active visualization elements. Fig. 3 provides a snapshot of the summary view for several memes. Users who wish to explore the Truthy database using the web interface can sort memes according to a variety of ranking criteria, including the size of the largest connected component, number of user annotations, number of users, number of tweets, number of tweets per user, number of retweets, and number of meme injection points. This list-based presentation of memes functions as a concise, high-level view of the data, allowing users to examine related keywords, time of most recent activity, tweet volume sparklines and thumbnails of the information diffusion network. At this high level users can examine a large number of memes quickly and subsequently drill down into those that exhibit interesting behavior. Once a user has selected an individual meme for exploration, she is presented with a more detailed presentation of statistical data and interactive visualizations. Here the user can examine the statistical data described above, tweets relating the meme of interest, and sentiment analysis data. Additionally users can explore the temporal data through an interactive annotated timeline, inspect a force-directed layout of the meme diffusion network, and view a map of the tweet geo-locations. Upon examining these features, the user can choose to mark the meme as ‘truthy.’ These crowdsourced annotations are used, along with the other features listed above, to train a classiﬁer for automatic detection of truthy memes .
EXAMPLES OF TRUTHY MEMES
Truthy allowed us to identify several suspicious memes. Some of these cases caught the attention of the popular press due to the sensitivity of the topic in the run up to the midterm political elections, and subsequently many of the accounts involved were suspended by Twitter. Below are a few representative examples. @PeaceKaren_25 This account has generated a very large number of tweets (over 10,000 in four months), almost all supporting one of a few candidates. Another account, @HopeMarie_25, behaved similarly, supporting the same candidates and boosting the same websites. It did not produce any original tweets, instead retweeting all those of @PeaceKaren_25. A visualization of the interaction between these two accounts can be see in Fig. 4(a). Both accounts were suspended by Twitter by the time of this writing.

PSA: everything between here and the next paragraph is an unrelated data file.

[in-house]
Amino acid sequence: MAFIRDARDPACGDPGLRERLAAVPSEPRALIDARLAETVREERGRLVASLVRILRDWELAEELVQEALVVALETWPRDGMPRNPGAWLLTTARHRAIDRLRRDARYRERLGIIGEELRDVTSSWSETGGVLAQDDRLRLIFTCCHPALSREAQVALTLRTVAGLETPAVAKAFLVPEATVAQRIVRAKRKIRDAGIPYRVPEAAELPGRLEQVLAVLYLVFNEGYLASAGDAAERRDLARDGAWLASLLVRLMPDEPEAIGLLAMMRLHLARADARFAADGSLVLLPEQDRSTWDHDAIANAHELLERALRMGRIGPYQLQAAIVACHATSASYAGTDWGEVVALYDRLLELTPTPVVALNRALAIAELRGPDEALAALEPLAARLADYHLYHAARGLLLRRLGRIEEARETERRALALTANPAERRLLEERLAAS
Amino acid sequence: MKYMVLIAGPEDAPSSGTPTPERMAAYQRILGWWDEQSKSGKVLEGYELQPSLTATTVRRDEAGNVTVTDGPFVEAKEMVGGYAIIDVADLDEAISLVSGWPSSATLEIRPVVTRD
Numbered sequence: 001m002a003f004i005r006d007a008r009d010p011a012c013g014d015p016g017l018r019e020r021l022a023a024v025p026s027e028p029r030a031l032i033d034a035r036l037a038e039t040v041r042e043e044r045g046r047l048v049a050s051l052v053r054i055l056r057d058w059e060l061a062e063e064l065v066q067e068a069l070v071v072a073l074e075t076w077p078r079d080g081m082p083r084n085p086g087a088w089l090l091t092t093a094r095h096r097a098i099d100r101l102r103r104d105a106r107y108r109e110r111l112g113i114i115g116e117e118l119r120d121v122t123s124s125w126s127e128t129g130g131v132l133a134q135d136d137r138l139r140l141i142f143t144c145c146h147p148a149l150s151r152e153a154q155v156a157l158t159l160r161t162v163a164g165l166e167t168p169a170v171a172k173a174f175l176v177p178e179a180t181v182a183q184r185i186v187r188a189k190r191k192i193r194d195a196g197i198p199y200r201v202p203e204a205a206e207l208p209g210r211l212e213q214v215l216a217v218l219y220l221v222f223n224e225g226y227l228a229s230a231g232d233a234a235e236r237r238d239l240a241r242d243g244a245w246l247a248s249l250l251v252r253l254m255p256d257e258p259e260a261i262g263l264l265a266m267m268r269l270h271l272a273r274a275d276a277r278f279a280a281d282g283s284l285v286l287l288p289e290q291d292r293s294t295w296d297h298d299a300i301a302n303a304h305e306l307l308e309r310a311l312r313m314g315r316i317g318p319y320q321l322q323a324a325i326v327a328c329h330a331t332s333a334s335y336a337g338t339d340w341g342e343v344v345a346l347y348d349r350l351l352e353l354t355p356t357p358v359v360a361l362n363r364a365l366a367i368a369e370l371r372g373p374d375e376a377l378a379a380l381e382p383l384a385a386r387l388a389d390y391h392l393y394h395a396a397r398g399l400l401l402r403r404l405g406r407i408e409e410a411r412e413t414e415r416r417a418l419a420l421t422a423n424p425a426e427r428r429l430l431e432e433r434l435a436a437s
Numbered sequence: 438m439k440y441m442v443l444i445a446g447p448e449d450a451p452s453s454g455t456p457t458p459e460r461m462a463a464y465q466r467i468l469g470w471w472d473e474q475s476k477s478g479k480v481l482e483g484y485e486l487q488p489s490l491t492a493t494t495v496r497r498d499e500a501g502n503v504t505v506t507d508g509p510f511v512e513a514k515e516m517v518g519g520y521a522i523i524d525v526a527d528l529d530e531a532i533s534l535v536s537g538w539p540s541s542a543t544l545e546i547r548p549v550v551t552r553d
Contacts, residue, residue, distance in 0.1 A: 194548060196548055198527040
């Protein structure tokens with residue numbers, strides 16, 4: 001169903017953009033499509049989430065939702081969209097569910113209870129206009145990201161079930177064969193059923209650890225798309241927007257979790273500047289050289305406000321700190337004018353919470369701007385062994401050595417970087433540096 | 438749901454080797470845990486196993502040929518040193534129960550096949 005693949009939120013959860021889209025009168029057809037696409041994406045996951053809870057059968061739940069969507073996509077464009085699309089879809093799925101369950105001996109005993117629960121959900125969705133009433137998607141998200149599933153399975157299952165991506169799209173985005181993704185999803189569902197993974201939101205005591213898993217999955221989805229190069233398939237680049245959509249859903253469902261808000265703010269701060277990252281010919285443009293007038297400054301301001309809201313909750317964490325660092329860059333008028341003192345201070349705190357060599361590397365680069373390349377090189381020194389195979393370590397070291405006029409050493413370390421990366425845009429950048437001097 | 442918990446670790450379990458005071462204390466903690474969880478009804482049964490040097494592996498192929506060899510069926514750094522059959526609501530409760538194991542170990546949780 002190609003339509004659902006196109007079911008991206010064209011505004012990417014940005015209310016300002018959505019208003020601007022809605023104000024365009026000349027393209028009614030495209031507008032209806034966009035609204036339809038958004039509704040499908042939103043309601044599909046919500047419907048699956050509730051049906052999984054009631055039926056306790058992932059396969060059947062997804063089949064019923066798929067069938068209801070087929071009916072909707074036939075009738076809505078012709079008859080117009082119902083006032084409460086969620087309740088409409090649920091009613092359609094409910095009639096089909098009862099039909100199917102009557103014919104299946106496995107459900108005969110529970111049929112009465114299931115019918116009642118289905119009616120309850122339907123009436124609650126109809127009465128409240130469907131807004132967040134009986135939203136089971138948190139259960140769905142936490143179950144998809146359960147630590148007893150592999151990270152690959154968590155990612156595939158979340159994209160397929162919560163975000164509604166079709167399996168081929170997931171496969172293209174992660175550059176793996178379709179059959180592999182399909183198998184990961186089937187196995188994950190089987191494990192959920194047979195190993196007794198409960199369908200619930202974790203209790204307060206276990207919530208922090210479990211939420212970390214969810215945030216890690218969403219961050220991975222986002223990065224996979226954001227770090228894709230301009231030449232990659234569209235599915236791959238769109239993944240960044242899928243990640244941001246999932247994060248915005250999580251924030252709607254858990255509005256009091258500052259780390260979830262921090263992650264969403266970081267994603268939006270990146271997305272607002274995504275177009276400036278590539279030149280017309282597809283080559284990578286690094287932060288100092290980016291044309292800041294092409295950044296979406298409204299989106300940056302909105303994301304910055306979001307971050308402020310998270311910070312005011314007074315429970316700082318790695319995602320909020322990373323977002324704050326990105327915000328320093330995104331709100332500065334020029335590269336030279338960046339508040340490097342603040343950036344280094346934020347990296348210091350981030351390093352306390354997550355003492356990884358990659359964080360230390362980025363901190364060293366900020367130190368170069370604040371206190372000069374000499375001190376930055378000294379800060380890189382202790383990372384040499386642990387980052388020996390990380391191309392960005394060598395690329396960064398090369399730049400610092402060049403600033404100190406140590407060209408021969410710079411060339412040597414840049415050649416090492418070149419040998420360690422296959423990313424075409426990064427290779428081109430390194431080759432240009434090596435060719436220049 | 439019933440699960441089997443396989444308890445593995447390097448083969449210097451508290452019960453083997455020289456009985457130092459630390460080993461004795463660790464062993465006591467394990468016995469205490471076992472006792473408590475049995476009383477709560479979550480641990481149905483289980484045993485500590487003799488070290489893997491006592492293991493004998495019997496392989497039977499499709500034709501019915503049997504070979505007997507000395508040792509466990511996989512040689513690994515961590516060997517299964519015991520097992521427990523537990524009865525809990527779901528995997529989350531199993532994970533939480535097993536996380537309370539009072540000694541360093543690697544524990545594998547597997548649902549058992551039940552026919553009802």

The ﬁnal component of our analytical framework includes a dynamic web interface to allow users to inspect memes through various views, and annotate those they consider to be truthy. The site provides a mixed presentation of statistical information and inter-
WWW 2011 – Demo
March 28–April 1, 2011, Hyderabad, India
(b) “How Chris Coons budget works- uses tax $ 2 attend dinners and fashion shows”
(d) “Obama said taxes have gone down during his administration. That’s ONE way to get rid of income tax — getting rid of income.”